Even after reading your material so far, I
am still confused as to the Grand Jury's role in this case. Specifically: Did the Grand
Jury ever vote for submitting Starr's report to Congress?
Response: I'll have to check to be sure, but I don't
think they did. If you look at Starr's referral to the House Judiciary Committee, it says
it is submitted pursuant to the Independent Counsel statute and is signed by Starr as
Independent Counsel. It is not styles as a grand jury report.
If the purpose of a Grand Jury is to make a
preliminary determination as to the merits of a case, shouldn't it have voted?
Response: When a grand jury is deciding whether or not
someone should be indicted, it has to take a vote on the issue. If a majority of the
jurors vote to return an indictment, charges are brought; if less than a majority vote to
do so, no charges are brought. In this instance, Starr apparently never intended to ask
the grand jury to indict Clinton (at least--there have been rumors about the possibility
of indicting others, but nothing has happened yet). As a result, there was no need for
them to vote on that issue. As to the referral to the House Judiciary Committee, Starr
seems to have used the grand jury simply as a mechanism for gathering evidence; he then
combined that evidence into his referral and submitted it. It would seem, then, that there
was nothing for the grand jury to vote on, as the referral came from Starr, not from the
And if it did not get to vote, wouldn't that
indeed be a gross abuse of the Grand Jury?
Response: It would if either a grand jury report or an
indictment were at issue. But as I noted above, that does not seem to be the case here.
Starr seems to have used the grand jury simply as a way of gathering evidence.
Does a Grand Jury then have the right to
complain about being abused in such a way?
Response: I'm not sure: For one thing, many would
argue that there was no abuse here, as the proceeding was conducted under the Independent
Counsel statute, which lets an IC use a grand jury to investigate serious allegations of
misconduct. (I would agree if the grand jury were being used to investigate with an eye to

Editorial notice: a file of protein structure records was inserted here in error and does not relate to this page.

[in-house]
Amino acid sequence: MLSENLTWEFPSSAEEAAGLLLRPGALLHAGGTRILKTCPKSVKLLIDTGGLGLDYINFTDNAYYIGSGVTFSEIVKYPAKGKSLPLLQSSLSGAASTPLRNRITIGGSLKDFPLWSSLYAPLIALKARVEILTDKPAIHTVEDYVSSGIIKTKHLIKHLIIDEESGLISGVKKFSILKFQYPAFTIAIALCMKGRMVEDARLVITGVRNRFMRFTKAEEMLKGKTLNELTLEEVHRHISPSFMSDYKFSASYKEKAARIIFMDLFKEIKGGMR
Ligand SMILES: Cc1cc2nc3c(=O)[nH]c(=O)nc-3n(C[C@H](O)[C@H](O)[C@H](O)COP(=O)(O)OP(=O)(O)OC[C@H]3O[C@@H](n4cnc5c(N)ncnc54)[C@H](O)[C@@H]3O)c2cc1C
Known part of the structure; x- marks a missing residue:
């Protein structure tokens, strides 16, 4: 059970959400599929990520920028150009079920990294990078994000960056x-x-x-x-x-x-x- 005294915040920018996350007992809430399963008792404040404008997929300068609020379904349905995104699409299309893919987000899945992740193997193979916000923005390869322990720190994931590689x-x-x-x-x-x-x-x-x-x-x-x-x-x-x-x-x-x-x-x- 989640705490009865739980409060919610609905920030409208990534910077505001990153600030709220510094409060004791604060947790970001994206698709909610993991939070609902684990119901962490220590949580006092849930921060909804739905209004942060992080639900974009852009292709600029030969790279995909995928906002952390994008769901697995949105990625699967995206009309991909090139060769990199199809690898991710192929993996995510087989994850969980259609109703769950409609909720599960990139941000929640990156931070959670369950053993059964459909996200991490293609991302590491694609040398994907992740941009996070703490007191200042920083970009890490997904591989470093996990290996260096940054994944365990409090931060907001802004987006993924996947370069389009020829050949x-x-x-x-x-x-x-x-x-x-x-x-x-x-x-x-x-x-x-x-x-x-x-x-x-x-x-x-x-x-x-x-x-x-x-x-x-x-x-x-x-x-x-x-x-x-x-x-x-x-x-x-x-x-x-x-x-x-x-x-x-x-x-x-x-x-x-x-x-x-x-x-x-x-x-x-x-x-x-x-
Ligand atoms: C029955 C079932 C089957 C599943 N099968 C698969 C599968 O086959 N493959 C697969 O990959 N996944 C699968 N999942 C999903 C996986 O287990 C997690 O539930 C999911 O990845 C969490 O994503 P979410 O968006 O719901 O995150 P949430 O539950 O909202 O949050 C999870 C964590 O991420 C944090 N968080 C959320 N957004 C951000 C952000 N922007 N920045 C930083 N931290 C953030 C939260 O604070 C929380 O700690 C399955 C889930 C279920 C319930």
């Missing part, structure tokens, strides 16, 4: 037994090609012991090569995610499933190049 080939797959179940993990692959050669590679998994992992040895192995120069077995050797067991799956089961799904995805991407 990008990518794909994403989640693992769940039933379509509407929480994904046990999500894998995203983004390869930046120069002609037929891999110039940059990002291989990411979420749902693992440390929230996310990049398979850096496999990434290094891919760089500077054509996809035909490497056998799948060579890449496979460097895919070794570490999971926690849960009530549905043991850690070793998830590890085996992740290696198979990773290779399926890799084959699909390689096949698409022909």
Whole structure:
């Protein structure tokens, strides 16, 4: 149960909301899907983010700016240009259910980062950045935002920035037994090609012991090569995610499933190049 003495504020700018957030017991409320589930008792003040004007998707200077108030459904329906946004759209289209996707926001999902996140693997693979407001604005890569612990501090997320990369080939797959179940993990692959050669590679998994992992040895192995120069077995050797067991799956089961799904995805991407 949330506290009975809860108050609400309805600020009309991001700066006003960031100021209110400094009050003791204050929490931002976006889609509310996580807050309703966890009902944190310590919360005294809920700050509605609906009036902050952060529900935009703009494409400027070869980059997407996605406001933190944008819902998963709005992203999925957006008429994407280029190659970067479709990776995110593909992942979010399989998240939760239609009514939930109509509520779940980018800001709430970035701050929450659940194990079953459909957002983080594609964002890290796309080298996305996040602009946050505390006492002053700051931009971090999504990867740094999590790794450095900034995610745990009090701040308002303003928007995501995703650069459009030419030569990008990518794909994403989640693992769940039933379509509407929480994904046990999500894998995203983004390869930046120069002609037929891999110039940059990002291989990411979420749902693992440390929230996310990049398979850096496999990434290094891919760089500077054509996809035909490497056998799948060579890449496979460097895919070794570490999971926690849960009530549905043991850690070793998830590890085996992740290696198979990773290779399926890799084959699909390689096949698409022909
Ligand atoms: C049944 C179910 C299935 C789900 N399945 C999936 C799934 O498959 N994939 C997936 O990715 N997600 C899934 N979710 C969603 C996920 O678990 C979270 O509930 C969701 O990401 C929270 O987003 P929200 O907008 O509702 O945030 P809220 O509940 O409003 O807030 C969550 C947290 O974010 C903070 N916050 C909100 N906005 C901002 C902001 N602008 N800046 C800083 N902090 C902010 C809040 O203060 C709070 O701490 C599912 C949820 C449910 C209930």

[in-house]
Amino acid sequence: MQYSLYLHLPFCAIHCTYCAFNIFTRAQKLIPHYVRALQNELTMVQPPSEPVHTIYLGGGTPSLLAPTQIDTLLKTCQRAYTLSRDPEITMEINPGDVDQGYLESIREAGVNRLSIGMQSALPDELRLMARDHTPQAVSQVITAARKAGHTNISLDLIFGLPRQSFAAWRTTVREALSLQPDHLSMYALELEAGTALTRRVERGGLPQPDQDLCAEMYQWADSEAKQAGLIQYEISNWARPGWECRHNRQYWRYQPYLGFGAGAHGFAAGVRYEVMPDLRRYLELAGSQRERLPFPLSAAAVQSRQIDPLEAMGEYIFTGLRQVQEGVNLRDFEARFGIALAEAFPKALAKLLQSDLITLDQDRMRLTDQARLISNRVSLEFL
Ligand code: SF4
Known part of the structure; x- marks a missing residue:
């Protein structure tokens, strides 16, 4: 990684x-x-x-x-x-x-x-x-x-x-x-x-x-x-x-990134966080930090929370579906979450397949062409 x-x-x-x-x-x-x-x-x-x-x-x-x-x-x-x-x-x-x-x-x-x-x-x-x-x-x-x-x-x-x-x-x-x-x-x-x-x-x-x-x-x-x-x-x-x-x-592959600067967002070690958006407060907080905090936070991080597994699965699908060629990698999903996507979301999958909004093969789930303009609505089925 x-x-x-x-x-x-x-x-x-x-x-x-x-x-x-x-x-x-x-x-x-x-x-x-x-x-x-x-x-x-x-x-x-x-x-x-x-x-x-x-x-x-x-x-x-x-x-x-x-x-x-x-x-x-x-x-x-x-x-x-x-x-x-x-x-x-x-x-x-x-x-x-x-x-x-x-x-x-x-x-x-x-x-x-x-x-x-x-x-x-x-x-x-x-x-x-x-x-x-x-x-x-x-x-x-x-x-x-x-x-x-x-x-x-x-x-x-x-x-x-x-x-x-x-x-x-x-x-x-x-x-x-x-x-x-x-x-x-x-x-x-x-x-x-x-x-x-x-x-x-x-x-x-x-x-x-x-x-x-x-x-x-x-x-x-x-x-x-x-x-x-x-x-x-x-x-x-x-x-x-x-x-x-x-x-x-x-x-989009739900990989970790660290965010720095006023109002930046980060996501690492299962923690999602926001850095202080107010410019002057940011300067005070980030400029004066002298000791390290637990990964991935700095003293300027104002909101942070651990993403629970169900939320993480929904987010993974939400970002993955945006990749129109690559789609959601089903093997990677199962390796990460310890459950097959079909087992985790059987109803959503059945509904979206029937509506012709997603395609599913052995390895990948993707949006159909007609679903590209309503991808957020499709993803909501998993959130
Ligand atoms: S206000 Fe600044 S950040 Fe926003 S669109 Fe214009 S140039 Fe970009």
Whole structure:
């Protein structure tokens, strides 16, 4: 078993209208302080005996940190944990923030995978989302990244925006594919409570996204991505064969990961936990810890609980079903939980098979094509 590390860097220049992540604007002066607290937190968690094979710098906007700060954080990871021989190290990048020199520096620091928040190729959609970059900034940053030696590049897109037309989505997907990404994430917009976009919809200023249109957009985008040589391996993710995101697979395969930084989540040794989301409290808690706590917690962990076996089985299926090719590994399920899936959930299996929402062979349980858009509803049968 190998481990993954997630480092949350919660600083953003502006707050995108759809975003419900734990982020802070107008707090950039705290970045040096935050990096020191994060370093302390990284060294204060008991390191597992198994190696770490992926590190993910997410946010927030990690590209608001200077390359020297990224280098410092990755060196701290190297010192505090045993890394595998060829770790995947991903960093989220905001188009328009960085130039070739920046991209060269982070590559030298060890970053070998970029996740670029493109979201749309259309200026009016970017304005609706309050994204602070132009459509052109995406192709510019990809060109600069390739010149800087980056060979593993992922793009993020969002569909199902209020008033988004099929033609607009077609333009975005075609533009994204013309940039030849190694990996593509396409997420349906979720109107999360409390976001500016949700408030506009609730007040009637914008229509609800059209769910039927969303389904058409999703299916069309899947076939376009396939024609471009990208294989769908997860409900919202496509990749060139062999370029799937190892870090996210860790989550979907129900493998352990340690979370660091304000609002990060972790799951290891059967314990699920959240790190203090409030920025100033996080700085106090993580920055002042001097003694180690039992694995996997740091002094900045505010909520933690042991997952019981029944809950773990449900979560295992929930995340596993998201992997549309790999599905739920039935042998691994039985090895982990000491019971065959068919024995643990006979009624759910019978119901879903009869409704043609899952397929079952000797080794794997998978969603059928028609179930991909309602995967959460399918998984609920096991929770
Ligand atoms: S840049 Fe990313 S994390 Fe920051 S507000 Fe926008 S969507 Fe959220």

indicting--as the Watergate grand jury did--or with an eye to preparing a formal
report. I have reservations about the way it was done here.) And even if there was an
abuse of the grand jury, I'm not sure what the grand jurors themselves could do. The law
requires that, to bring a legal challenge to some event, one have "standing,"
e.g., that the complaining party have been injured by that event. The grand jurors could
say they have standing because they represent the institution of the grand jury which was
abused; if a court bought this, they could bring a civil suit challenging what was done. .
. but that would never happen because of the costs and time involved in bringing such a
suit. The grand jurors would not feel personally outraged enough to take such a step. The
issue could have been raised by an outsider (Clinton, for example) injured by the abuse,
but he and his attorneys clearly decided, early on, not to raise these kinds of
Maybe even investigate the abuser himself?
Response: A federal grand jury can investigate anyone
it wants to, as long as the purpose of the investigation is determining whether or not a
crime has been committed. So the grand jury could investigate Starr IF there was reason to
suppose he had committed a crime. Unless you use some of the creative interpretation of
the law Starr used in putting together his referral, I see no evidence of a crime. If you
use such a creative interpretation, I suppose one could postulate that Starr abused the
grand jury and, in so doing, obstructed justice or something similar. But even if there
was a colorable basis for commencing an investigation, it won't happen--the grand jurors
are likely not outraged by what happened, because they, like most if not all grand jurors,
tend to identify with the prosecutors, not the prosecuted.